Purpose: Loss of smell decreases the quality of life and contributes to the failure in recognizing hazardous substances. Given the relevance of olfaction in daily life, it is important to recognize an undiagnosed olfactory dysfunction to prevent these possible complications. Up to now, the prevalence of smell disorders in Italy is unknown due to a lack of epidemiological studies. Hence, the primary aim of this study was to evaluate the prevalence of olfactory dysfunction in a sample of Italian adults. Methods: Six hundred and thirty-three participants (347 woman and 286 men; mean age 44.9 years, SD 17.3, age range 18-86) were recruited from 10 distinct Italian regions. Participants were recruited using a convenience sapling and were divided into six different age groups: 18-29 years (N = 157), 30-39 years (N = 129), 40-49 years (N = 99), 50-59 years (N = 106), > 60 years (N = 142). Olfactory function, cognitive abilities, cognitive reserve, and depression were assessed, respectively, with: Sniffin' Sticks 16-item Odor Identification Test, Montreal Cognitive Assessment, Cognitive Reserve Index, and the Beck Depression Inventory. Additionally, socio-demographic data, medical history, and health-related lifestyle information were collected. Results: About 27% of participants showed an odor identification score < 12 indicating hyposmia. Multiple regression analysis revealed that OI was significantly correlated with age, sex, and cognitive reserve index, and young women with high cognitive reserve index showing the highest olfactory scores. Conclusion: This study provides data on the prevalence of olfactory dysfunction in different Italian regions.

Correlation between olfactory function, age, sex, and cognitive reserve index in the Italian population

Cecchini, Maria Paola;Zanini, Alice;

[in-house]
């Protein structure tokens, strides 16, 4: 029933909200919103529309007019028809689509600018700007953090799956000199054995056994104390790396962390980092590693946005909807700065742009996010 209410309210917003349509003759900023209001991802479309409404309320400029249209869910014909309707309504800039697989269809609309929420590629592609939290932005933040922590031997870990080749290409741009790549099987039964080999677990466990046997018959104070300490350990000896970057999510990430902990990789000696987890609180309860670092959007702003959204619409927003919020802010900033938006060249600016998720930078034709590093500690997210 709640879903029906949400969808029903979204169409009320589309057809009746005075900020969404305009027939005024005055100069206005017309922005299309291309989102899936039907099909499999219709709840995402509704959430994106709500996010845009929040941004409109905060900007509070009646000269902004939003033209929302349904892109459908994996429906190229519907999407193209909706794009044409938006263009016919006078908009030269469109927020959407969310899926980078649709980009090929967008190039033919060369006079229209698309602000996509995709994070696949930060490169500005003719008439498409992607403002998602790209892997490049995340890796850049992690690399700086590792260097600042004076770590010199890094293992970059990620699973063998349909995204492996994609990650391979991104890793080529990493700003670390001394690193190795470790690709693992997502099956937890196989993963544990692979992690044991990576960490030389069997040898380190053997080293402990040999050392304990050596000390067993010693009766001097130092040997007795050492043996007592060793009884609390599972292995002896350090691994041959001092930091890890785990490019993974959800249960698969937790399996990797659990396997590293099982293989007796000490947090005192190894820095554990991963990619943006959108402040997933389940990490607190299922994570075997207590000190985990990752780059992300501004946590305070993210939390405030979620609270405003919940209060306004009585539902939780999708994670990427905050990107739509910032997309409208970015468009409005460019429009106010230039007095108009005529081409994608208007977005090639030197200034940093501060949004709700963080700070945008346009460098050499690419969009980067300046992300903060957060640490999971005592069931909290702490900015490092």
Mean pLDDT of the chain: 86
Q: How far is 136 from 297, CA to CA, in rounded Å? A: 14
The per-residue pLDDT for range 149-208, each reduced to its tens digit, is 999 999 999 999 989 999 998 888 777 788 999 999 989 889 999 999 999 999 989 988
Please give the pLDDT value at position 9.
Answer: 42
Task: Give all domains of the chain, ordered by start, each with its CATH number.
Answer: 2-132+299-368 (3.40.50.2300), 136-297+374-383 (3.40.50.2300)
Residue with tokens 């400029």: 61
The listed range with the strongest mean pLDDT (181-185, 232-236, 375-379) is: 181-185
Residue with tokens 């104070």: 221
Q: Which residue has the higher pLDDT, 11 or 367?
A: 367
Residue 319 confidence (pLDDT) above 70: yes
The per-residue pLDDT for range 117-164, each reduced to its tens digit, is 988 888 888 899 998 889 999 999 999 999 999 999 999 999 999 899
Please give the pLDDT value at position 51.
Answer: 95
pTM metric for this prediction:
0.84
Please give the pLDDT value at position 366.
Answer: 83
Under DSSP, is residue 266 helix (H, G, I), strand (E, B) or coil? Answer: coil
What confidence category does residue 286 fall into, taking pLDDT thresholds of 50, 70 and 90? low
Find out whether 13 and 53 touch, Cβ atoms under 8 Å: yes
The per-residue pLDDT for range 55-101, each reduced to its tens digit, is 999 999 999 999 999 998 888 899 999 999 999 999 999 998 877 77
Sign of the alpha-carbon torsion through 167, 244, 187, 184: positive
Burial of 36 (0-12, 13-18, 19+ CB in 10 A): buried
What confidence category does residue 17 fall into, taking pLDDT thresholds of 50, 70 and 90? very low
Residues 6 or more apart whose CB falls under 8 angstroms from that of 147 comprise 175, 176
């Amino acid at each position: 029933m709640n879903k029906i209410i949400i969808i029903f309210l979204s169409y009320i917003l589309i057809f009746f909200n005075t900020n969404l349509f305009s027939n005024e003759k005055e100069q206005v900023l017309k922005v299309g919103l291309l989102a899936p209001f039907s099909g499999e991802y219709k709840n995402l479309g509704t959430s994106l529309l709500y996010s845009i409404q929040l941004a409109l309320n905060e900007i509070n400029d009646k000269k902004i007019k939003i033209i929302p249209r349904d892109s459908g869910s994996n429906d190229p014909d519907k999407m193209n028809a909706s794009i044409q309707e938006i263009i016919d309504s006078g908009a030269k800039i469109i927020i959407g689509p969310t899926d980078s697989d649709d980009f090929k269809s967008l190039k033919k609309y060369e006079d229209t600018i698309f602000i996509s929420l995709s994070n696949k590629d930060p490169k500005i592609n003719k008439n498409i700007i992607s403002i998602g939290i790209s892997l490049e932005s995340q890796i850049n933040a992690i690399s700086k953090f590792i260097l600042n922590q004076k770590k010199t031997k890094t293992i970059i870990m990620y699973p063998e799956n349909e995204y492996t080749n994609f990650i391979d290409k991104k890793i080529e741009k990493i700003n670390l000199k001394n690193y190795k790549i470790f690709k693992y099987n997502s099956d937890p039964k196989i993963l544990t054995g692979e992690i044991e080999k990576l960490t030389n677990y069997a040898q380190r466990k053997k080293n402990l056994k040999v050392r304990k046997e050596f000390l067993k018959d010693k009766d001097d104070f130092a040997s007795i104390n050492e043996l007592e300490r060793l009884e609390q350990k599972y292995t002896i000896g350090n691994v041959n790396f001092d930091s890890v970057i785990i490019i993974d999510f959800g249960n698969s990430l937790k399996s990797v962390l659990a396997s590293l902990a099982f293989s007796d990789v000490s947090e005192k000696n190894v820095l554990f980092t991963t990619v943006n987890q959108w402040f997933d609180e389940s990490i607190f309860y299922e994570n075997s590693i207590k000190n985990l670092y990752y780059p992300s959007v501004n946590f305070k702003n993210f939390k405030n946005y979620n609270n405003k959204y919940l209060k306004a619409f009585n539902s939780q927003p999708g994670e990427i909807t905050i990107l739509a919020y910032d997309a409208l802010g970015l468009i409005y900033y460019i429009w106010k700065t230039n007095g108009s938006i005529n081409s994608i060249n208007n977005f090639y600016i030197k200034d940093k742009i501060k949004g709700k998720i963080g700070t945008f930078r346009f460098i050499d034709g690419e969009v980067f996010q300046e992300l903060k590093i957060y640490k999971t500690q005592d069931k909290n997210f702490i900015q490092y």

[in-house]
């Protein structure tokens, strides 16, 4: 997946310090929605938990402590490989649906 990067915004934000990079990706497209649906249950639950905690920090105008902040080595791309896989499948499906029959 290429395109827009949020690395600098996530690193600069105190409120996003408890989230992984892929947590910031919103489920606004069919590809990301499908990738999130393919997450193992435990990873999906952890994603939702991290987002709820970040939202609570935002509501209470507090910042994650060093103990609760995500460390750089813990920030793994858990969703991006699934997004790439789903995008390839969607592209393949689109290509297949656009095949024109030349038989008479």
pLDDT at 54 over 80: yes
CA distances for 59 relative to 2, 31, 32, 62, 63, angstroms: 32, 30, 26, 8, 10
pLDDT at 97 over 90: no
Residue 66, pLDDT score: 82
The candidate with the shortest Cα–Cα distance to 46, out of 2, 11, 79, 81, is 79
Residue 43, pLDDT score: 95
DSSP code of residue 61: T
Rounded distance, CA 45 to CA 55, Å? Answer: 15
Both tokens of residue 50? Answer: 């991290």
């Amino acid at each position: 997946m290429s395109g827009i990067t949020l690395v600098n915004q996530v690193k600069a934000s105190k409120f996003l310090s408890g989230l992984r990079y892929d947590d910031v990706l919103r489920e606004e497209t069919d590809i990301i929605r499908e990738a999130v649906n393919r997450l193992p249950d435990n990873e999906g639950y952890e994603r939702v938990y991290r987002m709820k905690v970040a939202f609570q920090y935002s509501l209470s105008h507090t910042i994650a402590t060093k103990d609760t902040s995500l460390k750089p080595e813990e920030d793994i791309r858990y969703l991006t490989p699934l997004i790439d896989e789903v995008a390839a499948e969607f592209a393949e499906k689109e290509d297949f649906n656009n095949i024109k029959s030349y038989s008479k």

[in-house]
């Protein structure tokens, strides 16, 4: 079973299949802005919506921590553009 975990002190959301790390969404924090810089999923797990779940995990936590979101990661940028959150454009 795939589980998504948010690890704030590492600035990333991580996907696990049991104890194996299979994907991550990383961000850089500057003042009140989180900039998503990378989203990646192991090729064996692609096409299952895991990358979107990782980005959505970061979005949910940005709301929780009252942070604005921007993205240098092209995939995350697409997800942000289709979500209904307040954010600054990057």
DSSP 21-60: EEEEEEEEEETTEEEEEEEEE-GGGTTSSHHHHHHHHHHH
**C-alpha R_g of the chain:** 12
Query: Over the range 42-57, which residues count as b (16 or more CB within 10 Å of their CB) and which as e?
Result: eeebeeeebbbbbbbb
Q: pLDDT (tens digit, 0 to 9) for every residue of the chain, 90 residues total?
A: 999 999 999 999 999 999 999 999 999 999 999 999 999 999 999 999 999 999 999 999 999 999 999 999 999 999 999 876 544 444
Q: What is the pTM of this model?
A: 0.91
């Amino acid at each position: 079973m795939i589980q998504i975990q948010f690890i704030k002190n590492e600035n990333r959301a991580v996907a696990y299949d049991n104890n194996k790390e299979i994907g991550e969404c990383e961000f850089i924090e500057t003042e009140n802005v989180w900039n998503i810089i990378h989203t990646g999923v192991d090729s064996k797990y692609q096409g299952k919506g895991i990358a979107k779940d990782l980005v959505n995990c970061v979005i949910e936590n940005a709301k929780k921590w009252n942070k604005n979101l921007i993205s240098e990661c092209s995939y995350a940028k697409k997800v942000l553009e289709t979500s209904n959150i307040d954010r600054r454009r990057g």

2022

Abstract

Purpose: Loss of smell decreases the quality of life and contributes to the failure in recognizing hazardous substances. Given the relevance of olfaction in daily life, it is important to recognize an undiagnosed olfactory dysfunction to prevent these possible complications. Up to now, the prevalence of smell disorders in Italy is unknown due to a lack of epidemiological studies. Hence, the primary aim of this study was to evaluate the prevalence of olfactory dysfunction in a sample of Italian adults. Methods: Six hundred and thirty-three participants (347 woman and 286 men; mean age 44.9 years, SD 17.3, age range 18-86) were recruited from 10 distinct Italian regions. Participants were recruited using a convenience sapling and were divided into six different age groups: 18-29 years (N = 157), 30-39 years (N = 129), 40-49 years (N = 99), 50-59 years (N = 106), > 60 years (N = 142). Olfactory function, cognitive abilities, cognitive reserve, and depression were assessed, respectively, with: Sniffin' Sticks 16-item Odor Identification Test, Montreal Cognitive Assessment, Cognitive Reserve Index, and the Beck Depression Inventory. Additionally, socio-demographic data, medical history, and health-related lifestyle information were collected. Results: About 27% of participants showed an odor identification score < 12 indicating hyposmia. Multiple regression analysis revealed that OI was significantly correlated with age, sex, and cognitive reserve index, and young women with high cognitive reserve index showing the highest olfactory scores. Conclusion: This study provides data on the prevalence of olfactory dysfunction in different Italian regions.
Chemosensory system
Identification
Olfaction
Olfactory function
Smell
Sniffin’ Sticks
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Utilizza questo identificativo per citare o creare un link a questo documento: http://hdl.handle.net/11562/1058497
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